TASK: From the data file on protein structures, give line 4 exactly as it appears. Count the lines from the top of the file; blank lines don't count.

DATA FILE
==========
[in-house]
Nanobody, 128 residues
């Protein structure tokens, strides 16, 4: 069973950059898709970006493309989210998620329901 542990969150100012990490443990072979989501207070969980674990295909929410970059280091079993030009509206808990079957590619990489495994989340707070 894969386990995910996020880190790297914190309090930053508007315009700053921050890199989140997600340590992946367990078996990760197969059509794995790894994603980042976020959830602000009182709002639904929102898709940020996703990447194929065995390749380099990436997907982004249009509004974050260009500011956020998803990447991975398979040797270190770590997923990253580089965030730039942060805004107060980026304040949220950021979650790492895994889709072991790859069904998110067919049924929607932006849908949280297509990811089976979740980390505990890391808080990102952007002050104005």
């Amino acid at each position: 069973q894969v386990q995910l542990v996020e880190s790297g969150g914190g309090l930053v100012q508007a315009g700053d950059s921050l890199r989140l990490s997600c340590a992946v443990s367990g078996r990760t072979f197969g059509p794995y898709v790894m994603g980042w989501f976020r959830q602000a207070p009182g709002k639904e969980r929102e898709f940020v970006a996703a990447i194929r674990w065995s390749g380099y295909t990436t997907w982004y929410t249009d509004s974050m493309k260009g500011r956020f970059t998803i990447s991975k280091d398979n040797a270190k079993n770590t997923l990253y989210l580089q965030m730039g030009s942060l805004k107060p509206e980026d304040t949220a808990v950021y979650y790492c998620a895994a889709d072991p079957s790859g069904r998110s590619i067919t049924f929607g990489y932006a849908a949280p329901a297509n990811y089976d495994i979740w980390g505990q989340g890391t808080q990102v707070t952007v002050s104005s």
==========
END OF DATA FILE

């Amino acid at each position: 069973q894969v386990q995910l542990v996020e880190s790297g969150g914190g309090l930053v100012q508007a315009g700053d950059s921050l890199r989140l990490s997600c340590a992946v443990s367990g078996r990760t072979f197969g059509p794995y898709v790894m994603g980042w989501f976020r959830q602000a207070p009182g709002k639904e969980r929102e898709f940020v970006a996703a990447i194929r674990w065995s390749g380099y295909t990436t997907w982004y929410t249009d509004s974050m493309k260009g500011r956020f970059t998803i990447s991975k280091d398979n040797a270190k079993n770590t997923l990253y989210l580089q965030m730039g030009s942060l805004k107060p509206e980026d304040t949220a808990v950021y979650y790492c998620a895994a889709d072991p079957s790859g069904r998110s590619i067919t049924f929607g990489y932006a849908a949280p329901a297509n990811y089976d495994i979740w980390g505990q989340g890391t808080q990102v707070t952007v002050s104005s």